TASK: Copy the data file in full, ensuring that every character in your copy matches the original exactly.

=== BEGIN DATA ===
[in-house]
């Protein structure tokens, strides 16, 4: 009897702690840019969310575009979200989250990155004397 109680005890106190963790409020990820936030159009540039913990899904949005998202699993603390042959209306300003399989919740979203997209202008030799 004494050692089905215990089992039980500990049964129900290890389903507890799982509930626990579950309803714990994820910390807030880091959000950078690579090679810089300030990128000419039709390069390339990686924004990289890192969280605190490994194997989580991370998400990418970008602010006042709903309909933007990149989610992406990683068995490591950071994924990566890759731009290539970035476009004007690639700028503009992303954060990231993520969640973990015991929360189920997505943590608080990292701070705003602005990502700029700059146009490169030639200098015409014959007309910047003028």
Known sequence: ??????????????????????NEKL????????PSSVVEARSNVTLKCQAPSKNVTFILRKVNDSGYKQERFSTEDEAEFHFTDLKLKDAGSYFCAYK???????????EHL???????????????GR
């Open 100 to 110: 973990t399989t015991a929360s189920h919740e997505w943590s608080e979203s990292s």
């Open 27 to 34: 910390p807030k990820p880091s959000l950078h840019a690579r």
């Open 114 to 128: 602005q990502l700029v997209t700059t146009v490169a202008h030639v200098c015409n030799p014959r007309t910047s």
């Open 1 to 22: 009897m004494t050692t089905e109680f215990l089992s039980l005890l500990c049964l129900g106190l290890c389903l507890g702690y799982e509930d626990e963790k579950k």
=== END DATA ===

[in-house]
């Protein structure tokens, strides 16, 4: 009897702690840019969310575009979200989250990155004397 109680005890106190963790409020990820936030159009540039913990899904949005998202699993603390042959209306300003399989919740979203997209202008030799 004494050692089905215990089992039980500990049964129900290890389903507890799982509930626990579950309803714990994820910390807030880091959000950078690579090679810089300030990128000419039709390069390339990686924004990289890192969280605190490994194997989580991370998400990418970008602010006042709903309909933007990149989610992406990683068995490591950071994924990566890759731009290539970035476009004007690639700028503009992303954060990231993520969640973990015991929360189920997505943590608080990292701070705003602005990502700029700059146009490169030639200098015409014959007309910047003028």
Known sequence: ??????????????????????NEKL????????PSSVVEARSNVTLKCQAPSKNVTFILRKVNDSGYKQERFSTEDEAEFHFTDLKLKDAGSYFCAYK???????????EHL???????????????GR
């Open 100 to 110: 973990t399989t015991a929360s189920h919740e997505w943590s608080e979203s990292s």
């Open 27 to 34: 910390p807030k990820p880091s959000l950078h840019a690579r």
């Open 114 to 128: 602005q990502l700029v997209t700059t146009v490169a202008h030639v200098c015409n030799p014959r007309t910047s």
């Open 1 to 22: 009897m004494t050692t089905e109680f215990l089992s039980l005890l500990c049964l129900g106190l290890c389903l507890g702690y799982e509930d626990e963790k579950k």